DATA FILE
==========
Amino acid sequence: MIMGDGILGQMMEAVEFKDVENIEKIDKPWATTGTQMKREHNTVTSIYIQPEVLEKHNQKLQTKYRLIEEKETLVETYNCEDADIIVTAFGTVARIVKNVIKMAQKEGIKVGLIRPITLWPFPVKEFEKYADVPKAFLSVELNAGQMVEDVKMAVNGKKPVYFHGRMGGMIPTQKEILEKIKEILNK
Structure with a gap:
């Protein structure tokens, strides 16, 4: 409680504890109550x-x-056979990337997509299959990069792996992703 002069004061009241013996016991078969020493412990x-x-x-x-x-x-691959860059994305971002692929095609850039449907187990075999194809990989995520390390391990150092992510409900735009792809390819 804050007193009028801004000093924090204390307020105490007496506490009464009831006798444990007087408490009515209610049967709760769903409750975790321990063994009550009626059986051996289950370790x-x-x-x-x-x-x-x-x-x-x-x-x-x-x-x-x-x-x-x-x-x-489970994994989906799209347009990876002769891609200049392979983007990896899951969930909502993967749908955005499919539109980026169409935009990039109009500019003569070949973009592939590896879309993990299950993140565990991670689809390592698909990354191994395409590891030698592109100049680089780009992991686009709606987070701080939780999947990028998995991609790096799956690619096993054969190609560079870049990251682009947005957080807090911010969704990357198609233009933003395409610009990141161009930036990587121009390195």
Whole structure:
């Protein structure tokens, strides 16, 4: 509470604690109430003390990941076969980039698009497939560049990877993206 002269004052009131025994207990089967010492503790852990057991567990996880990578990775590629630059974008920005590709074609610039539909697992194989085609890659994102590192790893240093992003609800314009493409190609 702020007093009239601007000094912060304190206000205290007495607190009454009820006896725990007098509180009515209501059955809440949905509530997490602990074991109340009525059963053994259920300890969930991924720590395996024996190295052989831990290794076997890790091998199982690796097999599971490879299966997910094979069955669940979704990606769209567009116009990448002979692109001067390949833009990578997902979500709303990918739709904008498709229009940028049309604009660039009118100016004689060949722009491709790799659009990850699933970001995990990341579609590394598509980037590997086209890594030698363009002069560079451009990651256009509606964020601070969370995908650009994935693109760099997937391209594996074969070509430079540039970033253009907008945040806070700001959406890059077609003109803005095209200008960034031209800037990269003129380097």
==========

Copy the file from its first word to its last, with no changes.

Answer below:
Amino acid sequence: MIMGDGILGQMMEAVEFKDVENIEKIDKPWATTGTQMKREHNTVTSIYIQPEVLEKHNQKLQTKYRLIEEKETLVETYNCEDADIIVTAFGTVARIVKNVIKMAQKEGIKVGLIRPITLWPFPVKEFEKYADVPKAFLSVELNAGQMVEDVKMAVNGKKPVYFHGRMGGMIPTQKEILEKIKEILNK
Structure with a gap:
């Protein structure tokens, strides 16, 4: 409680504890109550x-x-056979990337997509299959990069792996992703 002069004061009241013996016991078969020493412990x-x-x-x-x-x-691959860059994305971002692929095609850039449907187990075999194809990989995520390390391990150092992510409900735009792809390819 804050007193009028801004000093924090204390307020105490007496506490009464009831006798444990007087408490009515209610049967709760769903409750975790321990063994009550009626059986051996289950370790x-x-x-x-x-x-x-x-x-x-x-x-x-x-x-x-x-x-x-x-x-x-489970994994989906799209347009990876002769891609200049392979983007990896899951969930909502993967749908955005499919539109980026169409935009990039109009500019003569070949973009592939590896879309993990299950993140565990991670689809390592698909990354191994395409590891030698592109100049680089780009992991686009709606987070701080939780999947990028998995991609790096799956690619096993054969190609560079870049990251682009947005957080807090911010969704990357198609233009933003395409610009990141161009930036990587121009390195």
Whole structure:
């Protein structure tokens, strides 16, 4: 509470604690109430003390990941076969980039698009497939560049990877993206 002269004052009131025994207990089967010492503790852990057991567990996880990578990775590629630059974008920005590709074609610039539909697992194989085609890659994102590192790893240093992003609800314009493409190609 702020007093009239601007000094912060304190206000205290007495607190009454009820006896725990007098509180009515209501059955809440949905509530997490602990074991109340009525059963053994259920300890969930991924720590395996024996190295052989831990290794076997890790091998199982690796097999599971490879299966997910094979069955669940979704990606769209567009116009990448002979692109001067390949833009990578997902979500709303990918739709904008498709229009940028049309604009660039009118100016004689060949722009491709790799659009990850699933970001995990990341579609590394598509980037590997086209890594030698363009002069560079451009990651256009509606964020601070969370995908650009994935693109760099997937391209594996074969070509430079540039970033253009907008945040806070700001959406890059077609003109803005095209200008960034031209800037990269003129380097």